The one gig that everyone seems to be talking about is talking about is Pete Doherty’s show at Riffs Bar tonight. Always a divisive figure, the marmite man of under the counter-culture music has been the source of much debate amongst music forums and bar room banter. To some a flawed genius to others just a normal guy who got lucky. Well, for me he’s both, neither and everything in between, but all this controversy does beg the question, what do you want from your musical heroes? That the Libertines debut album contains some real musical gems goes without saying, but had the band that put him on the map not been born of such chaos, would the music press had given them the coverage that brought them to mass attention? No.
Also imagine if you threw out all the music you own that was made under the influence, by mavericks, wasters and hedonists, you’d be left with a Donny Osmond album at best, not even The Bay City Rollers would survive that purge. I like my music icons to be contrary, articulate, dumb, genius, obtuse, broken and unpredictable and they don’t come more so than Pete Doherty. That said, if you don’t already have a ticket, then you have lucked out.
If you prefer something a bit more sedate then maybe The Victoria is the place for you to be. After much to-ing and fro-ing (such is the fickle and mutable nature of live music promotion), the night is now headlined by Nick Tann and The Real Raj who will be mixing and matching their individual styles into a wonderfully unique performance. Due to logistical constraints Emily Sykes and Friends will now take the middle slot so make sure you get there early enough to catch her sumptuous and sensuous music. The elegant creations of acoustic troubadour Nick Felix will get the night started.
Stiff competition comes from Violentango at The Beehive. Back in their South American homeland this band deliver their tango/progressive rock fusion to audiences of 20,000 and upward, to catch them in the compact and bijou environs of such a quirky back street pub is something of a steal.
On Friday fans of tributes in general and Thin Lizzy in particular will want to be at The Victoria as not only do one of the finest re-enactors of Irelands most famous rock and roll sons take the stage, but also the quite brilliant Port Erin (pictured) and their trippy, funky workouts, chilled jazz vibes and rock drives open up proceedings. At the Rolleston, Celtic folk picks up a baseball bat and delivers tunes with menaces as Missin’ Rosie rock out like an English Flogging Molly or a punk Levellers.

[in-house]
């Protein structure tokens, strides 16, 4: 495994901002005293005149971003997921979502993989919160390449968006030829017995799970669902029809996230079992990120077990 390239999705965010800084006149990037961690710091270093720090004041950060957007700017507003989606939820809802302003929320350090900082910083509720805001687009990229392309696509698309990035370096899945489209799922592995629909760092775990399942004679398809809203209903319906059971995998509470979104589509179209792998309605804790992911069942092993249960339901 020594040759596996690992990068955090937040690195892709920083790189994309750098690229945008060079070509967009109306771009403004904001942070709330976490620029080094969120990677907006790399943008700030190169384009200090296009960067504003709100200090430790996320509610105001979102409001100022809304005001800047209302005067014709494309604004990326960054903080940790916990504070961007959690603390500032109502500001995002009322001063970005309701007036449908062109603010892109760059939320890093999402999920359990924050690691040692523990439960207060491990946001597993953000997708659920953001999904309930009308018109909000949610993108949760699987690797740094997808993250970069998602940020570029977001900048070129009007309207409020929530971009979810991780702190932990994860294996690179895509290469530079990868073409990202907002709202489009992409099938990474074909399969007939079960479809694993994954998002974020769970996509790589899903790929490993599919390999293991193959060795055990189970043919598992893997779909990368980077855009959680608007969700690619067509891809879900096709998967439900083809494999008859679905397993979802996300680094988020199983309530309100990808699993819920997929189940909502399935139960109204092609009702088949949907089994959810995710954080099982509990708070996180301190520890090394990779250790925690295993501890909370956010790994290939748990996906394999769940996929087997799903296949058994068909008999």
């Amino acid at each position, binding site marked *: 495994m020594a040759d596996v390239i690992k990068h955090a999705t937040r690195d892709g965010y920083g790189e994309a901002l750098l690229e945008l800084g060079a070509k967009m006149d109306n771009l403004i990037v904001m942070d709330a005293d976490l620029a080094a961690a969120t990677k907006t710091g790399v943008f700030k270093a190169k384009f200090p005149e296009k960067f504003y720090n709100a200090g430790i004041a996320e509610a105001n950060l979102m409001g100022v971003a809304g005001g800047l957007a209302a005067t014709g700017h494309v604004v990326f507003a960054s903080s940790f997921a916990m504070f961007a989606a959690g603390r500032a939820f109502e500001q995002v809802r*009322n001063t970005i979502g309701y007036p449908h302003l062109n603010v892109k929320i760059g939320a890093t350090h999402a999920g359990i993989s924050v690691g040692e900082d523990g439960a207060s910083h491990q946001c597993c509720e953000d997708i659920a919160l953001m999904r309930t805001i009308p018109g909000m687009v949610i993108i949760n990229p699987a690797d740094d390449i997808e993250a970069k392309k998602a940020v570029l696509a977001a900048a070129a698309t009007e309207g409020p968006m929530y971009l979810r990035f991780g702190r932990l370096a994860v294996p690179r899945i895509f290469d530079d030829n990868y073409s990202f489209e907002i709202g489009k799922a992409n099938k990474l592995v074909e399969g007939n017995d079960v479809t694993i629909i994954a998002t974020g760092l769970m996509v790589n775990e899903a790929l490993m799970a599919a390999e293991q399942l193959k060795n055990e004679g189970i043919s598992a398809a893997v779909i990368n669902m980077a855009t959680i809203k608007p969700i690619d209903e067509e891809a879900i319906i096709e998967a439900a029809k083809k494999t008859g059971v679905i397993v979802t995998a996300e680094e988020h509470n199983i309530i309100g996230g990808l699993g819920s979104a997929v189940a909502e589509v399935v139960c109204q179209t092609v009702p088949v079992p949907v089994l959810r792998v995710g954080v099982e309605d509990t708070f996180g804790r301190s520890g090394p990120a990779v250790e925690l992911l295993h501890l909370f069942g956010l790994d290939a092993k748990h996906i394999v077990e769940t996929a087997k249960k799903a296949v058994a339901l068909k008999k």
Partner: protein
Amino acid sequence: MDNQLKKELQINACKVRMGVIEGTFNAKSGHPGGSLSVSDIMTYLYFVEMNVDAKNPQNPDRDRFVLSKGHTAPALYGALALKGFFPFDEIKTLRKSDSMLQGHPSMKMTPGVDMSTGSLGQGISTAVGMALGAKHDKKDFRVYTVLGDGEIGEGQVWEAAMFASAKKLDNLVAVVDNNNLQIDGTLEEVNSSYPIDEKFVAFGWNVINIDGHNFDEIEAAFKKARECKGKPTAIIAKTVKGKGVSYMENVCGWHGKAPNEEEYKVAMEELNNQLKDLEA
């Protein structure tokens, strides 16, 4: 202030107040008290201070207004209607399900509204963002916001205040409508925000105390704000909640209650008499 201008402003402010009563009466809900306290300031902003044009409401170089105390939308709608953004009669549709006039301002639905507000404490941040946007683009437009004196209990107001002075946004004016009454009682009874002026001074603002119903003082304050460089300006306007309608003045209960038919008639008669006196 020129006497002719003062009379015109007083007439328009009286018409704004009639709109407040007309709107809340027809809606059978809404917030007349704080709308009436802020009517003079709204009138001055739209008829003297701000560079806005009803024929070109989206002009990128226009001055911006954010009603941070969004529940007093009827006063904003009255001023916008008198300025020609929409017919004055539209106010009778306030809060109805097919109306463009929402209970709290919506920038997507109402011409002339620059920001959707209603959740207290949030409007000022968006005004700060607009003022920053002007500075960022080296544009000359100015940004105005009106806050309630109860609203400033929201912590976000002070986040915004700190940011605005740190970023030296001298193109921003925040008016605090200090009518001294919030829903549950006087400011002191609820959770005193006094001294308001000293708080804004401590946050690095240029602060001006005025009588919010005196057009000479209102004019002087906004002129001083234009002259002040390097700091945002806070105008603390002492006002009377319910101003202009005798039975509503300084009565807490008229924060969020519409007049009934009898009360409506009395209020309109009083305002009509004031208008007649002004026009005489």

The Big noise on Saturday will be coming from The Victoria as those awfully nice chaps at The Ocelot invite all and sundry to The Ocelot’s 7th Birthday Bash. Not only can you come along and meet the team that put together this strange little magazine, you also get the forward thinking, backward looking, pop craziness of Nudybronque, the intense punk and rock collision of The Vooz, the shimmering post rock of Deer Chicago and the orchestral tinged alt-rock of SkyBurnsRed (no spaces.) And as a bonus if you go up to Jamie Hill and say, “you are The Ocelot Editor, I demand my prize” he will probably just look at you oddly, but it might be fun.
Other options are blistering electric blues from the young and far too talented Krissy Matthews at The Rolleston or some Stones action courtesy of The Rollin’ Zones at Riffs Bar.
And as if you hadn’t had good reason enough to go to The Victoria so far, on Sunday I honor of the fact that local folk/alt-country legends Bateleurs and the bearded, blues and sandals king, Jim Blair are playing Glastonbury this year, The Gig Monkey has arranged a bit of a celebratory show case. Joining them will be those purveyors of smooth Americana, Case Hardin,’ the exquisite folk of Charlie Bath and singer songwriters Luke de Sciscio and Tamsin Rosie Quinn.
The week comes to its logical conclusion at The Running Horse on Wednesday with Leon Daye and Ben Cipolla.